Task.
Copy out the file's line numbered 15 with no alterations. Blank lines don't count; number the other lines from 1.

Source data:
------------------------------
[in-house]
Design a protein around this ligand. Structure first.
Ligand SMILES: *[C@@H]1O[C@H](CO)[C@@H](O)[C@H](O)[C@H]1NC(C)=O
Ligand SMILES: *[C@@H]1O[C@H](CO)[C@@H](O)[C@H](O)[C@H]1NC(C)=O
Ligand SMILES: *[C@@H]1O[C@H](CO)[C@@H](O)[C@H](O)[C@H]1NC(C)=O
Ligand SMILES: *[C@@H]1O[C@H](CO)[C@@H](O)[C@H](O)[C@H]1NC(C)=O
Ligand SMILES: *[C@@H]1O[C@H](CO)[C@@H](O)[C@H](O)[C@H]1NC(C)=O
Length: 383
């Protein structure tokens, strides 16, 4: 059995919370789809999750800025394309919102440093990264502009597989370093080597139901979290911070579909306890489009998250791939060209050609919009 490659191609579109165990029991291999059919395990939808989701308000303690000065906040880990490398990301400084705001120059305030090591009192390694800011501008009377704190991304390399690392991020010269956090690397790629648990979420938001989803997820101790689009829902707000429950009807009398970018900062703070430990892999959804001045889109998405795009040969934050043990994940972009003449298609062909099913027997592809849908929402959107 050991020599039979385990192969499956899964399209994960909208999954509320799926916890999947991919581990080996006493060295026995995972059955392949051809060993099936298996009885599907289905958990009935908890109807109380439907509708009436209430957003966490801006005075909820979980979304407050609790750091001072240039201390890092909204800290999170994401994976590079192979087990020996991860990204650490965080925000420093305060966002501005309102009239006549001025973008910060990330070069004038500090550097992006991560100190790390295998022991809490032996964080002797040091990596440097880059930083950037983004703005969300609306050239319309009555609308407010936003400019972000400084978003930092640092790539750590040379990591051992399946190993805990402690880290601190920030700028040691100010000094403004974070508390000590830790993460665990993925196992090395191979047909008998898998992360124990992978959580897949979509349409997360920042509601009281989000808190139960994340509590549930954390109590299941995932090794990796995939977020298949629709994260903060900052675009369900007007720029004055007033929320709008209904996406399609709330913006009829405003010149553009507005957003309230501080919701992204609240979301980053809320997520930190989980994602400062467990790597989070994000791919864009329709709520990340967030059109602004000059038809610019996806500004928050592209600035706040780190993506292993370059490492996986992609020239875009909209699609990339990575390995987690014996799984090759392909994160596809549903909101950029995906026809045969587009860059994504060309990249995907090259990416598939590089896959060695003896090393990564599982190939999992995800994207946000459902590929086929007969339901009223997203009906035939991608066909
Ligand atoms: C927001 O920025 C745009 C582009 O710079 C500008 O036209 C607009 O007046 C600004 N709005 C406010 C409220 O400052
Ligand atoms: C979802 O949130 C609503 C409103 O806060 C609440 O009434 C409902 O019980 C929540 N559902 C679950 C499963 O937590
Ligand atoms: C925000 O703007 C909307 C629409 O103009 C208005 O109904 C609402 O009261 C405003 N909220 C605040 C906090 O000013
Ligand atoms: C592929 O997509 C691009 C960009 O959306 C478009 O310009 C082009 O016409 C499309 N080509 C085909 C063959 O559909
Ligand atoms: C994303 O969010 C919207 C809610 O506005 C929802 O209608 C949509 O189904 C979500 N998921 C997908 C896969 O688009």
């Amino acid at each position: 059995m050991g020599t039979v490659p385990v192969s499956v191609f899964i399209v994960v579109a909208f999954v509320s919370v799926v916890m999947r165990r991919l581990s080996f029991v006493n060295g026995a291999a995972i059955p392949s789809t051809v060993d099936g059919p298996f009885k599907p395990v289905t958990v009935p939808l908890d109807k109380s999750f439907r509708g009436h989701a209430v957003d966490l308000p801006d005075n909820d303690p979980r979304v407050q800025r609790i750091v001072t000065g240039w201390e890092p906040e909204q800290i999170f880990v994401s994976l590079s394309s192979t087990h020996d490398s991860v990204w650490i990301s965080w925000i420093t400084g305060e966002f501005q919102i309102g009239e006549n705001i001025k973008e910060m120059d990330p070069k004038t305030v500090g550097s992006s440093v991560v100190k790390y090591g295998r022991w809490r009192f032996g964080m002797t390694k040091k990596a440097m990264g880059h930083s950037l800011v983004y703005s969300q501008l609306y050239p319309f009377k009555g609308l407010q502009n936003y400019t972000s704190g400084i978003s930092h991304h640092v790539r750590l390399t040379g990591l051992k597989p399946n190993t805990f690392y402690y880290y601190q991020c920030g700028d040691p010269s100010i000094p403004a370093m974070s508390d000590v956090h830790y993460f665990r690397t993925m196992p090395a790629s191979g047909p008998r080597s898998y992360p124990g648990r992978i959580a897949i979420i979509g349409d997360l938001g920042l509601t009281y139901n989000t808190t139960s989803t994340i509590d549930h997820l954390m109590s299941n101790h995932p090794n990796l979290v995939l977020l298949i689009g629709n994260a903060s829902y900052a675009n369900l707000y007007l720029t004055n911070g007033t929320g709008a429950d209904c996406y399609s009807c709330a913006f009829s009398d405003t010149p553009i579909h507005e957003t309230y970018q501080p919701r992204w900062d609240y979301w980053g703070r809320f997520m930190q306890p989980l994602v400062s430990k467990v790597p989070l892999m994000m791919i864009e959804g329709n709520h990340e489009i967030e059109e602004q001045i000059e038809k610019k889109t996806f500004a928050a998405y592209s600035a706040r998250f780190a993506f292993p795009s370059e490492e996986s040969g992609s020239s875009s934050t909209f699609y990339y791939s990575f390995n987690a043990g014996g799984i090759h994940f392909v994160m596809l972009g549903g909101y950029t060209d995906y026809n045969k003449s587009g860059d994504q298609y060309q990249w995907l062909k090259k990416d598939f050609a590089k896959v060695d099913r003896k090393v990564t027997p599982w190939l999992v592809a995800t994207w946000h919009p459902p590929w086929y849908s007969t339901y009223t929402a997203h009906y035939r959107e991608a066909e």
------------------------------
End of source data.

């Amino acid at each position: 059995m050991g020599t039979v490659p385990v192969s499956v191609f899964i399209v994960v579109a909208f999954v509320s919370v799926v916890m999947r165990r991919l581990s080996f029991v006493n060295g026995a291999a995972i059955p392949s789809t051809v060993d099936g059919p298996f009885k599907p395990v289905t958990v009935p939808l908890d109807k109380s999750f439907r509708g009436h989701a209430v957003d966490l308000p801006d005075n909820d303690p979980r979304v407050q800025r609790i750091v001072t000065g240039w201390e890092p906040e909204q800290i999170f880990v994401s994976l590079s394309s192979t087990h020996d490398s991860v990204w650490i990301s965080w925000i420093t400084g305060e966002f501005q919102i309102g009239e006549n705001i001025k973008e910060m120059d990330p070069k004038t305030v500090g550097s992006s440093v991560v100190k790390y090591g295998r022991w809490r009192f032996g964080m002797t390694k040091k990596a440097m990264g880059h930083s950037l800011v983004y703005s969300q501008l609306y050239p319309f009377k009555g609308l407010q502009n936003y400019t972000s704190g400084i978003s930092h991304h640092v790539r750590l390399t040379g990591l051992k597989p399946n190993t805990f690392y402690y880290y601190q991020c920030g700028d040691p010269s100010i000094p403004a370093m974070s508390d000590v956090h830790y993460f665990r690397t993925m196992p090395a790629s191979g047909p008998r080597s898998y992360p124990g648990r992978i959580a897949i979420i979509g349409d997360l938001g920042l509601t009281y139901n989000t808190t139960s989803t994340i509590d549930h997820l954390m109590s299941n101790h995932p090794n990796l979290v995939l977020l298949i689009g629709n994260a903060s829902y900052a675009n369900l707000y007007l720029t004055n911070g007033t929320g709008a429950d209904c996406y399609s009807c709330a913006f009829s009398d405003t010149p553009i579909h507005e957003t309230y970018q501080p919701r992204w900062d609240y979301w980053g703070r809320f997520m930190q306890p989980l994602v400062s430990k467990v790597p989070l892999m994000m791919i864009e959804g329709n709520h990340e489009i967030e059109e602004q001045i000059e038809k610019k889109t996806f500004a928050a998405y592209s600035a706040r998250f780190a993506f292993p795009s370059e490492e996986s040969g992609s020239s875009s934050t909209f699609y990339y791939s990575f390995n987690a043990g014996g799984i090759h994940f392909v994160m596809l972009g549903g909101y950029t060209d995906y026809n045969k003449s587009g860059d994504q298609y060309q990249w995907l062909k090259k990416d598939f050609a590089k896959v060695d099913r003896k090393v990564t027997p599982w190939l999992v592809a995800t994207w946000h919009p459902p590929w086929y849908s007969t339901y009223t929402a997203h009906y035939r959107e991608a066909e």